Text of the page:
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Evolutionary relationship of two ancient protein superfolds

Abstract

Proteins are the molecular machines of the cell that fold into specific three-dimensional structures to fulfill their functions. To improve our understanding of how the structure and function of proteins arises, it is crucial to understand how evolution has generated the structural diversity we observe today. Classically, proteins that adopt different folds are considered to be nonhomologous. However, using state-of-the-art tools for homology detection, we found evidence of homology between proteins of two ancient and highly populated protein folds, the (βα)8-barrel and the flavodoxin-like fold. We detected a family of sequences that show intermediate features between both folds and determined what is to our knowledge the first representative crystal structure of one of its members, giving new insights into the evolutionary link of two of the earliest folds. Our findings contribute to an emergent vision where protein superfolds share common ancestry and encourage further approaches to complete the mapping of structure space onto sequence space.

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Figure 1: The sequence spaces populated by the (βα)8-barrel and the flavodoxin-like fold interface considerably.
Figure 2: Clustering reveals a family of intermediate sequences that are equally related to the (βα)8-barrel and the flavodoxin-like fold.
Figure 3: The X-ray crystal structure of N-TM0182 reveals a swapped dimer.
Figure 4: A structure-based sequence alignment reveals a fragment of highest similarity.
Figure 5: The conserved (αβ)2 fragment of N-TM0182 can be superimposed multiple times on the (βα)8-barrel fold with similar scores.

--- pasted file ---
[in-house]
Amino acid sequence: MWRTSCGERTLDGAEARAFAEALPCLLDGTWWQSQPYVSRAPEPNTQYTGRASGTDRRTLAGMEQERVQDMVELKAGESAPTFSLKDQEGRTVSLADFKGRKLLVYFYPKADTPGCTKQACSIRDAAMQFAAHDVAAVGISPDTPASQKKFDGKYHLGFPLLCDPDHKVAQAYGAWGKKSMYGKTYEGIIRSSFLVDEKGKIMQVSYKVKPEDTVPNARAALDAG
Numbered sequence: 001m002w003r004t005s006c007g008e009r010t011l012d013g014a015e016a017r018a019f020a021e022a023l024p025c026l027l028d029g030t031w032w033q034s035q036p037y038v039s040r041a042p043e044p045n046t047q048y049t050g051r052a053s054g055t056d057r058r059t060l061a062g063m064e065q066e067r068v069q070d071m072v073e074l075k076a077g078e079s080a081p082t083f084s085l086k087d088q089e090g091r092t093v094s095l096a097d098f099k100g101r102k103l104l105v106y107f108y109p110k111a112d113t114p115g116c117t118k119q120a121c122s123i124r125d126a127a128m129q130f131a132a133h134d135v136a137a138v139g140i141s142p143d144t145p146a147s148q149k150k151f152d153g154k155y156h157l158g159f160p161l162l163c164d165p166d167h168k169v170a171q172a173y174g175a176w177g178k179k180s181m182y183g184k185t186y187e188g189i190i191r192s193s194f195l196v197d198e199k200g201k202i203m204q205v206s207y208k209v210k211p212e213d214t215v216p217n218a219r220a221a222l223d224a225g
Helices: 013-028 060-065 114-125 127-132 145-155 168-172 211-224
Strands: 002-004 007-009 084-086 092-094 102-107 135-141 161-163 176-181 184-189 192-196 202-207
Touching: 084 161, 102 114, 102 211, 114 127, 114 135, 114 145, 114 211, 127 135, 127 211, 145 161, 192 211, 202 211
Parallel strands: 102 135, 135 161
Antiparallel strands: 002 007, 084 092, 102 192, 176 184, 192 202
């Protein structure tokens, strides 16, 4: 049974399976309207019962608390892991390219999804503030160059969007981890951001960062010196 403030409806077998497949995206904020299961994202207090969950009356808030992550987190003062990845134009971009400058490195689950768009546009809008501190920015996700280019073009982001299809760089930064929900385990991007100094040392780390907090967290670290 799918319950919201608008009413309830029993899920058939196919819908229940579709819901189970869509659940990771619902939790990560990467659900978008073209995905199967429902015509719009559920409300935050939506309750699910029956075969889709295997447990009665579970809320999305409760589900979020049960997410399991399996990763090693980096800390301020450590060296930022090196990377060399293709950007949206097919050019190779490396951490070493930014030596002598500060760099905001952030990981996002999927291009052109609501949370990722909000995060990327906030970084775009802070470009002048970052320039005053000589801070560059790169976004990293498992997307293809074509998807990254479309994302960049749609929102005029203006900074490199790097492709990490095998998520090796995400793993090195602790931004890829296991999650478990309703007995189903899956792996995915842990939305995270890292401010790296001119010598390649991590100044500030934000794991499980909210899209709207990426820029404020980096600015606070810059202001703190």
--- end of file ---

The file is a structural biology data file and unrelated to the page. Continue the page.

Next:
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Acknowledgements

We thank S. Toledo-Patiño, V. Alva and J. Söding for discussions. We are grateful to the crystallography community at the Max Planck Institute for their support. This work was supported by Deutsche Forschungsgemeinschaft grant HO 4022/1-2.

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J.A.F.-R. and B.H. designed the research; J.A.F.-R. performed the experiments; J.A.F.-R., S.S. and B.H. analyzed the data; and J.A.F.-R. and B.H. wrote the manuscript.

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Correspondence to Birte Höcker.

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The authors declare no competing financial interests.

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Supplementary Results, Supplementary Figures 1–7 and Supplementary Tables 1 and 2. (PDF 13146 kb)

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Farías-Rico, J., Schmidt, S. & Höcker, B. Evolutionary relationship of two ancient protein superfolds. Nat Chem Biol 10, 710–715 (2014). https://doi.org/10.1038/nchembio.1579

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